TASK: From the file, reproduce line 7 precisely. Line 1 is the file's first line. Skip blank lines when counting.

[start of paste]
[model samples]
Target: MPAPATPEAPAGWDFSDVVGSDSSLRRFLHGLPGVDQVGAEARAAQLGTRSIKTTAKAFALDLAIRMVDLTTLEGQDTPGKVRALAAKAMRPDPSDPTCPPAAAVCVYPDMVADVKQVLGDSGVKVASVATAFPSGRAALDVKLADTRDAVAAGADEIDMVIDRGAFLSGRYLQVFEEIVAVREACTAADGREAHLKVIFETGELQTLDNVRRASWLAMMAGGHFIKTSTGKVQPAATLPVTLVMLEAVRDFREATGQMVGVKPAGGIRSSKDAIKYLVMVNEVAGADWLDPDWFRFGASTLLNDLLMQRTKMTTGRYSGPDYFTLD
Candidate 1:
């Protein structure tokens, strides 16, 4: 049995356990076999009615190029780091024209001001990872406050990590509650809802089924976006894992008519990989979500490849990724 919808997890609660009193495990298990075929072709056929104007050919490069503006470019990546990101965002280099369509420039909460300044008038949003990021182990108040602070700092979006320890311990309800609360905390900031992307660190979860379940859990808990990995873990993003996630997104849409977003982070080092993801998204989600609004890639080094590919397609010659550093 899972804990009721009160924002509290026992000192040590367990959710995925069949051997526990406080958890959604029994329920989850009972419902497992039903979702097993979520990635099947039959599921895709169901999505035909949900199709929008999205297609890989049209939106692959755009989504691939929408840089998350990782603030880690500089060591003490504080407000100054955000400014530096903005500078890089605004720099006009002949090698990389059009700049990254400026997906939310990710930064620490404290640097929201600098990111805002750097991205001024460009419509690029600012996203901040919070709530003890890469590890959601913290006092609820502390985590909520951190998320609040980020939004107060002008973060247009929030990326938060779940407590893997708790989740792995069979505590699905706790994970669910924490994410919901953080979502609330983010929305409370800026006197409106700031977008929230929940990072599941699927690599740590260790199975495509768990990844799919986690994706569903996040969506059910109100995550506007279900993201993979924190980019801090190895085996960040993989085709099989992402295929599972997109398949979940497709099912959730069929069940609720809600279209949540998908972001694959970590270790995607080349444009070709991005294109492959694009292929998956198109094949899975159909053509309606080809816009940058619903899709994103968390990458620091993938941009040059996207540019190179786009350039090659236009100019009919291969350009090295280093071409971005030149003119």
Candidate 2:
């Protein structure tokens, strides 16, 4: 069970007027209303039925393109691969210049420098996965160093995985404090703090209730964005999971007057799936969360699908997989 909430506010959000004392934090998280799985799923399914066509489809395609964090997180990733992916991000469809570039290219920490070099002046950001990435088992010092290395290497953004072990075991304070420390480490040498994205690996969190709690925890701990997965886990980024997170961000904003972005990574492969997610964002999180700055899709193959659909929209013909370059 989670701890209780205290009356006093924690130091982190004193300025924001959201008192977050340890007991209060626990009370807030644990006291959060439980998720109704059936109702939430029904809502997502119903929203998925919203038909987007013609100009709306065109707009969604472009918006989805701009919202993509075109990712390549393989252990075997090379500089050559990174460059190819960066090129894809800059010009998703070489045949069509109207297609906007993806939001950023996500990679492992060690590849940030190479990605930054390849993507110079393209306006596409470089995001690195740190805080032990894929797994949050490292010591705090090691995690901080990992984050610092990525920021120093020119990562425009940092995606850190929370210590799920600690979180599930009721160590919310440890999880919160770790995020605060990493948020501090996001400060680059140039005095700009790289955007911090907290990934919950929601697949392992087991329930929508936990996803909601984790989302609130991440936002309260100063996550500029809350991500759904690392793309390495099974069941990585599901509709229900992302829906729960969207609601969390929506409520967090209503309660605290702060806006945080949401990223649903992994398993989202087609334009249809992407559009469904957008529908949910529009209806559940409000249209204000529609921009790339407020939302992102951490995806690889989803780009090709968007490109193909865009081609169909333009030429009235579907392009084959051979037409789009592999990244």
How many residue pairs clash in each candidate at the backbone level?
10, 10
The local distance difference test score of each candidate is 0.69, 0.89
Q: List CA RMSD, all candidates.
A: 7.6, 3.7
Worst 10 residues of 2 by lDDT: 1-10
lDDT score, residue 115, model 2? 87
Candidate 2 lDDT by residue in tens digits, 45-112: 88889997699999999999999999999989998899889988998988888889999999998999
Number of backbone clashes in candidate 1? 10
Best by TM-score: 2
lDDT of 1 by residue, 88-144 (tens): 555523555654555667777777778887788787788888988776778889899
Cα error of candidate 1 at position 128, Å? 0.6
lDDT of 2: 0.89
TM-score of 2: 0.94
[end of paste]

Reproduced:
How many residue pairs clash in each candidate at the backbone level?